It is natural that when you’re a child you listen and accept virtually everything that your parents and teachers tell you. When you become a teenager you realize that they are wrong about everything and that Justin Bieber is the single greatest musical artist to walk the earth since the first caveman banged some sticks against a hollow log. The kids are still into him, right? The Beebs? Anyway, when we become adults we begin to realize that some of the things that we were taught long ago were believed to be true by our teachers, but now that we have more information, our understanding of that topic has changed and it would be unwise to keep believing the same old thing in light of this new information just because “I was taught this long ago!”
That first time we took a firefighter or EMT class, how many things did the instructor tell us we had to “Learn it, live it, love it, know it! Make it a part of your life forever!” Did we seriously believe that when we happened to take that class the pinnacle of all knowledge in emergency services had been achieved? Did we think that it impossible for anyone to learn any more, that there would be no need to publish an updated textbook ever again?
Perhaps some people think the answer is “yes”, that the textbooks and instructors hold the predefined set of facts and it is their job to hand these facts over to the student who, by passing their final exam and earning their certificate has proven that they have learned these facts and will never need to update them or learn new ones.
Perhaps other people never really wanted the facts in the first place.
Perhaps they only wanted the certificate and were simply seeking the bare minimum of facts that they would need to pass the final exam. Sadly, like some students want to learn only the bare minimum to pass, some educators want to teach only that much just to get through the day and move on to their next class.
The point is, whether the initial fault lies with the student, the educator, or elsewhere, fire, rescue, and EMS personnel that know the “bare minimum” are perhaps the greatest danger to other responders and emergency services in general.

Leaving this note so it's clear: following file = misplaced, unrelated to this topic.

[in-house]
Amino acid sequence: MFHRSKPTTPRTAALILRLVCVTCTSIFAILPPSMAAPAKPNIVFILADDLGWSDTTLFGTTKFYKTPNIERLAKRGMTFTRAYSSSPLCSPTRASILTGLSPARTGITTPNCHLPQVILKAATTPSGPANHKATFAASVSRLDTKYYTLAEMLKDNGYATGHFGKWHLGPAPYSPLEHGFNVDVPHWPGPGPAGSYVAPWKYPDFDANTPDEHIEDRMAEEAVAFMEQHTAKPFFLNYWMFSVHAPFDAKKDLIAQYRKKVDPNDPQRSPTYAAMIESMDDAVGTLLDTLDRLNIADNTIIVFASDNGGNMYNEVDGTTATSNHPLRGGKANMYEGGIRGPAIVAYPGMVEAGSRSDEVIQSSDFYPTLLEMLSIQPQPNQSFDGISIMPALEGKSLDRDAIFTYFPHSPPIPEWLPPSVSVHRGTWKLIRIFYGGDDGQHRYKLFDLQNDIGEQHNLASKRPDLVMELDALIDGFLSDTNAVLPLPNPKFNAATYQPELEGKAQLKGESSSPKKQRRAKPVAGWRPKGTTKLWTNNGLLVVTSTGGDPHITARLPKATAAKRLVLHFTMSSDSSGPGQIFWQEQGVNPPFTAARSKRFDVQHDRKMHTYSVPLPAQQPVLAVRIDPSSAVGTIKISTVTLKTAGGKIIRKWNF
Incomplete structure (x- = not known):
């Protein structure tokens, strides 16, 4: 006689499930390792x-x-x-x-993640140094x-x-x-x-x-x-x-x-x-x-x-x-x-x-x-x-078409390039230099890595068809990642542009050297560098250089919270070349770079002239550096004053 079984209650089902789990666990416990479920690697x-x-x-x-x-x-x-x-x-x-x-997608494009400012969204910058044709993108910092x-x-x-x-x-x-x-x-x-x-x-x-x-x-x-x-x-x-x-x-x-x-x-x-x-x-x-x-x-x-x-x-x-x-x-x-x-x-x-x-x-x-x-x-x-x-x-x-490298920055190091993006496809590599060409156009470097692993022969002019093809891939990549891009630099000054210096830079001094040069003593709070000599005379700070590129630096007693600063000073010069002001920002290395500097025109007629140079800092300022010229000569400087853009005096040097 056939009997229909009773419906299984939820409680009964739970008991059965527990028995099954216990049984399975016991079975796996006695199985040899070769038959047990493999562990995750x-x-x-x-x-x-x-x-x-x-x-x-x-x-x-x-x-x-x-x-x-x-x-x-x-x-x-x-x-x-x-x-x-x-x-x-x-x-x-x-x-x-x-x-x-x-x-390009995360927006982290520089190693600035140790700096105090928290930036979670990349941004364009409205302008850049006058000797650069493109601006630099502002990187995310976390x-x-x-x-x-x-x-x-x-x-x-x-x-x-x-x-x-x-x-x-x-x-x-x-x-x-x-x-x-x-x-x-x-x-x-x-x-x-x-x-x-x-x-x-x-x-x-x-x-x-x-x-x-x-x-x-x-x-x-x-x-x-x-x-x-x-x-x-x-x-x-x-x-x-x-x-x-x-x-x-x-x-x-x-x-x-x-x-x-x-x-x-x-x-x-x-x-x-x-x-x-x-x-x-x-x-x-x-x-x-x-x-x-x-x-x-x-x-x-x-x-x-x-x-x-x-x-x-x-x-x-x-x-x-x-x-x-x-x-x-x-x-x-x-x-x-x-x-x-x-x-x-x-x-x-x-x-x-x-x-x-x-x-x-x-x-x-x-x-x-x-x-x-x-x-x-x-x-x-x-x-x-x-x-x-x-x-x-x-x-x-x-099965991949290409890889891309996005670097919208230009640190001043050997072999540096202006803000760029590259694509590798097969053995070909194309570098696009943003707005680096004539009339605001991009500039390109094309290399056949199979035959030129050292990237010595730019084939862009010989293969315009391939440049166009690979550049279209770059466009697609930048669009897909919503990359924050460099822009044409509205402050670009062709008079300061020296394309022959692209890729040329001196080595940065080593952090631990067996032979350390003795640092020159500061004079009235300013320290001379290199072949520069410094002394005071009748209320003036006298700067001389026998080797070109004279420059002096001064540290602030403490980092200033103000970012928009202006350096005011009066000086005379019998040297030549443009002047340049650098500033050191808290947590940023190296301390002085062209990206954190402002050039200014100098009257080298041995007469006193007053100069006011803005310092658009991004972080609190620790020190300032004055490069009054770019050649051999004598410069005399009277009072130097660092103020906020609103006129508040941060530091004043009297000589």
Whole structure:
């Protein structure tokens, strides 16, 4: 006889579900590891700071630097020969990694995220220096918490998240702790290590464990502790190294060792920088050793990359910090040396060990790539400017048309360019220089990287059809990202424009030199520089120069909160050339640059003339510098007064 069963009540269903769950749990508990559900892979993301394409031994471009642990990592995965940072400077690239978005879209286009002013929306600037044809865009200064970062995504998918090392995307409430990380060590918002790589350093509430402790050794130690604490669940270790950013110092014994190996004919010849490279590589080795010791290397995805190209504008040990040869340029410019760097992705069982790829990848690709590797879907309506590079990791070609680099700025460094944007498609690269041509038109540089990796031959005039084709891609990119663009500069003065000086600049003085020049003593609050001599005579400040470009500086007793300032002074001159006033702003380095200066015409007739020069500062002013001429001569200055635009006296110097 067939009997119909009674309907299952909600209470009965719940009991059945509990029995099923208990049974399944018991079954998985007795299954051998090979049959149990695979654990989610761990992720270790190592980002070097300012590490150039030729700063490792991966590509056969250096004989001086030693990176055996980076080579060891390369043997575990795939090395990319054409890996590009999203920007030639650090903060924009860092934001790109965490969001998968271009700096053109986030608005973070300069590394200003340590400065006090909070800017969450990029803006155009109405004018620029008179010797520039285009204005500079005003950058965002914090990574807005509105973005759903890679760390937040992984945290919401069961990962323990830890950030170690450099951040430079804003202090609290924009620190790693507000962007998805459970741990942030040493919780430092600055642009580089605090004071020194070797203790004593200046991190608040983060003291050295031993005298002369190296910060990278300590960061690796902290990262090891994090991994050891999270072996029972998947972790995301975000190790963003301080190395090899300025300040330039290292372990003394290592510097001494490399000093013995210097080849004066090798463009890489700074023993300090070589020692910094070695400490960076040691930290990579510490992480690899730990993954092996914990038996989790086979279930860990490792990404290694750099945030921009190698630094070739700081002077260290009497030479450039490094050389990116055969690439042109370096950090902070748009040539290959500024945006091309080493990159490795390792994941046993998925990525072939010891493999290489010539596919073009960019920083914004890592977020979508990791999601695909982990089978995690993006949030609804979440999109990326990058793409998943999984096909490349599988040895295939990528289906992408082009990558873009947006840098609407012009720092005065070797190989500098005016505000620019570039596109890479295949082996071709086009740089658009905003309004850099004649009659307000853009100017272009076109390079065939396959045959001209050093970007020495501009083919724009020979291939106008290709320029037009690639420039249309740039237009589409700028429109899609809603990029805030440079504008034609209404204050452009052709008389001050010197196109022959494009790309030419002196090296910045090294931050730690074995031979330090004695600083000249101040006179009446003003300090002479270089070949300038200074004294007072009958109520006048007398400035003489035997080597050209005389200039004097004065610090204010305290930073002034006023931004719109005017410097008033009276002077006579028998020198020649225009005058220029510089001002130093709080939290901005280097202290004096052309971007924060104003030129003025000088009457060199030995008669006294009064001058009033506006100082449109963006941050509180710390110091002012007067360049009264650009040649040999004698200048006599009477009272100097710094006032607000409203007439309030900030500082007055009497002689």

When someone starts from the position of only seeking to know just passing (about 70%?) of the current state of understanding in their field, how can this person expect to still be a functioning responder in five, ten, or twenty years? How much of that “bare minimum” will they still remember and how much of THAT would it be better that they have forgotten?
Does this mean that every five years we should drop everything because a publisher has put out a new textbook?
No. Does this mean that the things our elders have told us are bad just because it is long-held knowledge? No. Does this mean that some people might no longer be qualified to operate in emergency services even though they passed a final exam and have nicely framed certificates with shiny gold stamps proclaiming them to be “Firefighter” or “Paramedic” or “EMT”? Maybe.
This has nothing to do with new knowledge versus old knowledge. This has nothing to do with book knowledge versus street knowledge. This has to do with a way of thinking. Emergency services has to get away from the way of thinking that everything you need to know is contained within a textbook, set of protocols, or binder of procedures.
Dogma. It isn’t just what snuggles up with DogPa to make puppies.
(I’ll stop and give you a minute for that one). It’s the idea that someone can teach you a piece of information that you should accept without question, who’s truth will never change. Dogma is the “I tell you, then you know, then you do it and pass it on without question” way of thinking that has long been abandoned by successful professions. So what new way of thinking works for them that maybe we should look at? Critical thinking. The idea that any information should be evaluated based on merit, not just its source or longevity.
That doesn’t mean that we should leap to change anytime someone dangles a shiny new idea in front of us. The point is that we need to also evaluate each idea as it helps our customers, not based on how different it is from the thing that we are doing today.
Every one of us, you and everyone around you, wants to do a great job.
You want to go out there and help people and be recognized (even if only among your peers) for how awesome an emergency responder you are. So how do good people get locked into dogmatic thinking? Because critical thinking is hard. It takes work to keep up with the new stuff coming down the line. It takes even more work to understand it and to see how it fits into your agency’s operations.
The good news is that there is a lot of help out there.
I get the opportunity to attend Fire, Rescue and EMS conferences all the time to see what’s new, see what really smart people think about these new ideas, and check in with peers from around the country to see what their real world experience is. Conferences like this are a great chance for me to put myself in front of really smart people not only to teach, but be tested and questioned and exposed to methods of emergency services delivery and levels of critical thinking that I had not previously considered.
If you didn’t make it out to a conference to attend or to teach (and I highly recommend both) then pick up a magazine, listen to a podcast, or join in a really good high-level online discussion. Expose yourself not just to new ideas but also to new ways of thinking. Remember the old adage that you can’t solve a new problem by using old ways of thinking. DARE to dislodge the old ways of thinking. When the old dogma starts to stink, it may be time to take it outside.